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Recently, I tested some template code on Codepad. Althought the code is correct, GCC is giving me a really strange error. I also tested it on Ideone:

Tested code:

template<int num>
struct count;

template<>
struct count<-1>
{
};

int main()
{
 return 0;
}

Here are the results, on Codepad (GCC 4.1.2) and Ideone (GCC 4.3.4) : GCC 4.1.2 outputs:

Line 5: error: 'count' is not a template

while GCC 4.3.4 compiles normally without errors. Is this really a compiler bug, or is my code not correct (and compile thanks to extensions?)

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2  
Just to know, do you include STL + use namespace std? Because a std::count exists. –  Jack Sep 20 '12 at 13:41
    
count with a lowercase "c" as a struct name is not a good programming practice –  Moataz Elmasry Sep 20 '12 at 13:43
4  
@MoatazElmasry: Says who? That's the convention used in many projects, including the C++ Standard Library. –  Mike Seymour Sep 20 '12 at 13:44
    
I don't have the problem with the gcc 4.1.2 I've here. –  AProgrammer Sep 20 '12 at 13:47
    
That's just a test, designed to work with C++03. And for gcc 4.1.2 : sometimes I like using codepad to test simple codes, and it is using gcc 4.1.2 –  Synxis Sep 20 '12 at 13:47

3 Answers 3

up vote 7 down vote accepted

If I try

template<int num>
struct count;

template<>
struct count<-1>
{
};

int main()
{
 return 0;
}

with g++ 4.1.2, I don't have a problem. If I try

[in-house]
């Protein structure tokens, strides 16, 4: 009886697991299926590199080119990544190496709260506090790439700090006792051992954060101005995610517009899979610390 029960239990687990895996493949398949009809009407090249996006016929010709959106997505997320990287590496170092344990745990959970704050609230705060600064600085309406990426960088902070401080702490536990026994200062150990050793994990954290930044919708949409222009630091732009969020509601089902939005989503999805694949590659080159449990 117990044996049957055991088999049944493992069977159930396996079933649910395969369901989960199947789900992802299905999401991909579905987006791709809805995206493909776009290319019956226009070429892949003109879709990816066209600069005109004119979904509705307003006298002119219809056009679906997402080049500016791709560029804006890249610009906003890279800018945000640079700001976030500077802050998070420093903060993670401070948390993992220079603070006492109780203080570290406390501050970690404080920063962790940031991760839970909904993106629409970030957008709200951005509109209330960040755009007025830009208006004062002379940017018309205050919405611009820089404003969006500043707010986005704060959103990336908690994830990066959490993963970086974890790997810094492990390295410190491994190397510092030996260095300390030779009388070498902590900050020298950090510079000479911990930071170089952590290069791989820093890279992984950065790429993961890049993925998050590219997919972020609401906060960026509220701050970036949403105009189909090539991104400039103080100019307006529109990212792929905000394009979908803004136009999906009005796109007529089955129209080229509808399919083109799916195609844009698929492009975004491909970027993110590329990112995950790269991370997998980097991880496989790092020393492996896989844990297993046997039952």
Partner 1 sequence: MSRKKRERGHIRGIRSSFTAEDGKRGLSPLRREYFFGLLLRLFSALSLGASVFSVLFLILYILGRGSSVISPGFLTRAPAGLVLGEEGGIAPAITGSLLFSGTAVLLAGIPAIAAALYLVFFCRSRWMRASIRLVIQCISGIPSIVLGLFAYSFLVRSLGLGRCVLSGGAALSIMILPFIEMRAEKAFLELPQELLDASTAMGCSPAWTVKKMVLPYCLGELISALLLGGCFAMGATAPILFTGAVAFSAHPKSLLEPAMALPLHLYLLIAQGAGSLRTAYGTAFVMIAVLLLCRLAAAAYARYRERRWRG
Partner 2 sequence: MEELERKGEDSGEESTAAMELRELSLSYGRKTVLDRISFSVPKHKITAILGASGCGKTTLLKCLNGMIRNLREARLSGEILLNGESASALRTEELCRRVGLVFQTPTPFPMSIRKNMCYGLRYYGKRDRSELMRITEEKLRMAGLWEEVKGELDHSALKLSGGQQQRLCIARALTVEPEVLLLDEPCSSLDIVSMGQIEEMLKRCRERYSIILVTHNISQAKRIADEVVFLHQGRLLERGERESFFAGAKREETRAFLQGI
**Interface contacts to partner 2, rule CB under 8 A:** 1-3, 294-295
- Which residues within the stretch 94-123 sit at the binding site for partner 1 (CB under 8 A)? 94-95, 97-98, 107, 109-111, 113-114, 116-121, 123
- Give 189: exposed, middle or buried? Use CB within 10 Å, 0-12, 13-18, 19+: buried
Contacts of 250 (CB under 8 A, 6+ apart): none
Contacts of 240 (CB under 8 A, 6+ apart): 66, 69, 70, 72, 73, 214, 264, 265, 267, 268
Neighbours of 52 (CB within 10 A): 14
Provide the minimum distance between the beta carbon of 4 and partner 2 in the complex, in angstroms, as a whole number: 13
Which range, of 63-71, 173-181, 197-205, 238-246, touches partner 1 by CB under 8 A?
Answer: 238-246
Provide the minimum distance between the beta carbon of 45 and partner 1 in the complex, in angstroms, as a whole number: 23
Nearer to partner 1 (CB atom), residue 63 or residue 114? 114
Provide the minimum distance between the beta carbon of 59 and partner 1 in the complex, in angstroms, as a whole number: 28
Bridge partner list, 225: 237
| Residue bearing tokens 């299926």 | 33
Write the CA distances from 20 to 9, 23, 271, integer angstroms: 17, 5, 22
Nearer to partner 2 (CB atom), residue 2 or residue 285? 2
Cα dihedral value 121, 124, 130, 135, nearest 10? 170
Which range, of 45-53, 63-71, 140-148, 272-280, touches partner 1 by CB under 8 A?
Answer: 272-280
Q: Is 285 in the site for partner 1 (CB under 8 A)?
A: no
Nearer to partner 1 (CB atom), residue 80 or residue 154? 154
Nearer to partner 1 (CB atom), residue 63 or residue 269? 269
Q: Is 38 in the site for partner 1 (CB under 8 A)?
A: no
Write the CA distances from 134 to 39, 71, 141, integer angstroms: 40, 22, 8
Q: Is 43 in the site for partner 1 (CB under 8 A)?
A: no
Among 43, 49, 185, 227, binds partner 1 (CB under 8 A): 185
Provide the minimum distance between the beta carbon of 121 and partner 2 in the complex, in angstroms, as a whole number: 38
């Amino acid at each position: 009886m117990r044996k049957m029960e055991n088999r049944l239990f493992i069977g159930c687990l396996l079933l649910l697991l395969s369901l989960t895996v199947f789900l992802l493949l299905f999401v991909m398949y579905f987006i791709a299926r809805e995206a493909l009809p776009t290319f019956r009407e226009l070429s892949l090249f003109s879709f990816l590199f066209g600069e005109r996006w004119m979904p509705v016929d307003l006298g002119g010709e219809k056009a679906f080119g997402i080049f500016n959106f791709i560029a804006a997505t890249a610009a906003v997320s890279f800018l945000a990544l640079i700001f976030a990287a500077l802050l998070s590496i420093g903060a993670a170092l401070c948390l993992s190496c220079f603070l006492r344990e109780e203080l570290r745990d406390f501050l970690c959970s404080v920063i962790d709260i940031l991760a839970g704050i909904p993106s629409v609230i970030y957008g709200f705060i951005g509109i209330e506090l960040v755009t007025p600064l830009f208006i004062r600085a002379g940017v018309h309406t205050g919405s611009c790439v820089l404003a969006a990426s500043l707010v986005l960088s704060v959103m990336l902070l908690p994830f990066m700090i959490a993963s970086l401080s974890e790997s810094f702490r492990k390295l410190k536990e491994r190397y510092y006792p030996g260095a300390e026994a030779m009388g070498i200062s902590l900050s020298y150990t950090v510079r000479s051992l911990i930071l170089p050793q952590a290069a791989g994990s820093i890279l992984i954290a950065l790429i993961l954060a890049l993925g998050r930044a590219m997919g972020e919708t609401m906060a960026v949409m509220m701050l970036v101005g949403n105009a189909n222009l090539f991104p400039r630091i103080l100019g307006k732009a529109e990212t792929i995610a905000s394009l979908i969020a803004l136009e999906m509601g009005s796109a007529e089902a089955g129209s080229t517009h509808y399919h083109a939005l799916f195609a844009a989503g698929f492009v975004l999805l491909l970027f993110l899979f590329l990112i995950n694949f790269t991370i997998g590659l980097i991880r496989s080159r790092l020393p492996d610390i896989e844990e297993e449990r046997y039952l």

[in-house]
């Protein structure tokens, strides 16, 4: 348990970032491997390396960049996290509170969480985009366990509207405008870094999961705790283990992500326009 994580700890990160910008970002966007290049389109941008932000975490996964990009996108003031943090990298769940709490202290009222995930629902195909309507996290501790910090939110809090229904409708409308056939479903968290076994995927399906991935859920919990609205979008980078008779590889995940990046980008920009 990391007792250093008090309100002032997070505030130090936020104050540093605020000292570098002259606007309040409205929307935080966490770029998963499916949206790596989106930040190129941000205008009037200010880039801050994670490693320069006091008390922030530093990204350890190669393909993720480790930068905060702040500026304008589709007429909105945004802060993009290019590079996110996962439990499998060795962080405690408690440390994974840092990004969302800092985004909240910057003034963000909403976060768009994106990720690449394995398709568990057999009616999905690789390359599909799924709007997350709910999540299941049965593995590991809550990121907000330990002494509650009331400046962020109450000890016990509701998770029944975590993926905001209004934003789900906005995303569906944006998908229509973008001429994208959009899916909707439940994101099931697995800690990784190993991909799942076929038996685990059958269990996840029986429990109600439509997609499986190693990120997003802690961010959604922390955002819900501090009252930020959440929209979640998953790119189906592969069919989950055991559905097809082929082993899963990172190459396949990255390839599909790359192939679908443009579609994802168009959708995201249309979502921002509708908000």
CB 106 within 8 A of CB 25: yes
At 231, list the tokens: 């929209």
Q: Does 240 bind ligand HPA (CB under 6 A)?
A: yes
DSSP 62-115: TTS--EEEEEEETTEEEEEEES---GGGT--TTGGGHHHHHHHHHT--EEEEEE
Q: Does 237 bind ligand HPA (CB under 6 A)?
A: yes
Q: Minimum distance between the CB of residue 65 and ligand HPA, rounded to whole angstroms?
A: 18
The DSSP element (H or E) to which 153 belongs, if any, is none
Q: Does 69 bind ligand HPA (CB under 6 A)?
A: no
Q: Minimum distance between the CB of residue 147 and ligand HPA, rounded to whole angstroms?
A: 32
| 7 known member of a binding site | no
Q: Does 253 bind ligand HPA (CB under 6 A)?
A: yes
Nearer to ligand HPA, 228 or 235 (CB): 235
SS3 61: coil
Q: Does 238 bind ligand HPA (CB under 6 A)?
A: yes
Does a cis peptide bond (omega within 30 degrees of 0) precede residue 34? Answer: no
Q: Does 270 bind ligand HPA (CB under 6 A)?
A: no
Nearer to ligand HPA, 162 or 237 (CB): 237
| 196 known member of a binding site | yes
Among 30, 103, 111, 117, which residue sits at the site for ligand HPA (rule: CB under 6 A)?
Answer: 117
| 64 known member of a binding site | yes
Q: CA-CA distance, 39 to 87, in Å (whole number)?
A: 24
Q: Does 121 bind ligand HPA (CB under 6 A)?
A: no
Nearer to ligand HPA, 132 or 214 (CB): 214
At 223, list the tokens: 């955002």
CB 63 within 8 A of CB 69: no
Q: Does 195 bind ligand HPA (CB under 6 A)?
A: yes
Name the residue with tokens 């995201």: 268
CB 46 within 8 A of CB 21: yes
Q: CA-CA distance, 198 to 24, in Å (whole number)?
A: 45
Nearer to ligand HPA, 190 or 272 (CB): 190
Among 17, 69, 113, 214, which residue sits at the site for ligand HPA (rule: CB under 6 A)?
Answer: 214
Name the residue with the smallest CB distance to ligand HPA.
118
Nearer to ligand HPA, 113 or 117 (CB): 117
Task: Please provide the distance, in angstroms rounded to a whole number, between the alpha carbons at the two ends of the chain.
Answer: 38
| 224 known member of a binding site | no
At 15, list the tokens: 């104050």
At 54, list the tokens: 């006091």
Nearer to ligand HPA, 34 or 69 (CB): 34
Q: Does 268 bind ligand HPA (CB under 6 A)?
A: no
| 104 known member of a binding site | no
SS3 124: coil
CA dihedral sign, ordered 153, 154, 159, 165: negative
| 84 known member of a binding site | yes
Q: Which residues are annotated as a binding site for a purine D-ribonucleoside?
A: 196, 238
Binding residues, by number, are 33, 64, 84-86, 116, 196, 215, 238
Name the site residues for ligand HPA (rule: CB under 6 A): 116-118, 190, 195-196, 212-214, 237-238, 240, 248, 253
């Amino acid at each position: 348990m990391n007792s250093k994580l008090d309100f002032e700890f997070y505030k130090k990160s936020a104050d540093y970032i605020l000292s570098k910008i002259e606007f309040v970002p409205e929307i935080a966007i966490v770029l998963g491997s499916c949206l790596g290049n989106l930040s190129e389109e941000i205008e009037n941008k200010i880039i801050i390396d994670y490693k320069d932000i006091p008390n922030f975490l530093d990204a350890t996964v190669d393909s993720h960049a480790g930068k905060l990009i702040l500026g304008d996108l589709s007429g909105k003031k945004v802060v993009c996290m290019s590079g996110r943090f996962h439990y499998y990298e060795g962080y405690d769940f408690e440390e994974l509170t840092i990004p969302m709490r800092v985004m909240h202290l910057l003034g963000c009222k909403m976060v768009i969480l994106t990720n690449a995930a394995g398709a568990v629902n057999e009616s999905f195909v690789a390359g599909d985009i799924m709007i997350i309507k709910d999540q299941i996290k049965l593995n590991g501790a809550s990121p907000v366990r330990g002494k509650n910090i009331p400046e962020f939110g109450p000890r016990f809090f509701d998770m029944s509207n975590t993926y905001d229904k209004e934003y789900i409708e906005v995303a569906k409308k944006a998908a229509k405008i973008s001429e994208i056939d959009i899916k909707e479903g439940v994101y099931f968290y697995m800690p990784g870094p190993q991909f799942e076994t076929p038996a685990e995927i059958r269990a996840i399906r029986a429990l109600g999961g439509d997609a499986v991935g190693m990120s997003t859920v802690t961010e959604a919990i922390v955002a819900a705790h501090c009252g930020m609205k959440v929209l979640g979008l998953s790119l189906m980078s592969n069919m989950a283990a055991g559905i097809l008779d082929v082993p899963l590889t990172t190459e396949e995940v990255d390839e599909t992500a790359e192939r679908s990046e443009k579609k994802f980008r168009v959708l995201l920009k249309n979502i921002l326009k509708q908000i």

#include <algorithm>
using namespace std;

template<int num>
struct count;

template<>
struct count<-1>
{
};

int main()
{
 return 0;
}

with g++ -Wfatal-errors I get

count.cpp:8: error: 'count' is not a template
compilation terminated due to -Wfatal-errors.

So my guess is that Codepad is forcing a preamble on you which triggers the error.

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It seems you've found the "error". Nice job! +1 +answer. It's definitely something that Codepad should show... –  Synxis Sep 20 '12 at 13:59

It looks like Codepad silently adds a bunch of #includes and a using namespace std; whether you want them or not: see this example which shouldn't compile on its own:

int main()
{
    cout << "Hello" << endl;
}

Output: Hello

This can break code like yours which defines a name (count) in the global namespace which also exists in the std namespace.

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Nice answer too. +1 –  Synxis Sep 20 '12 at 14:00

The most likely cause of this error is a collision between identifier names.

Sometimes, one starts with a class. The class is extended into a template some time later. When there are still class prototypes around at this point (e.g. in a different header file), the compiler will issue this error.

(Although this does not apply to the specific case here, this answer it might help others who come accross this page during their search for help.)

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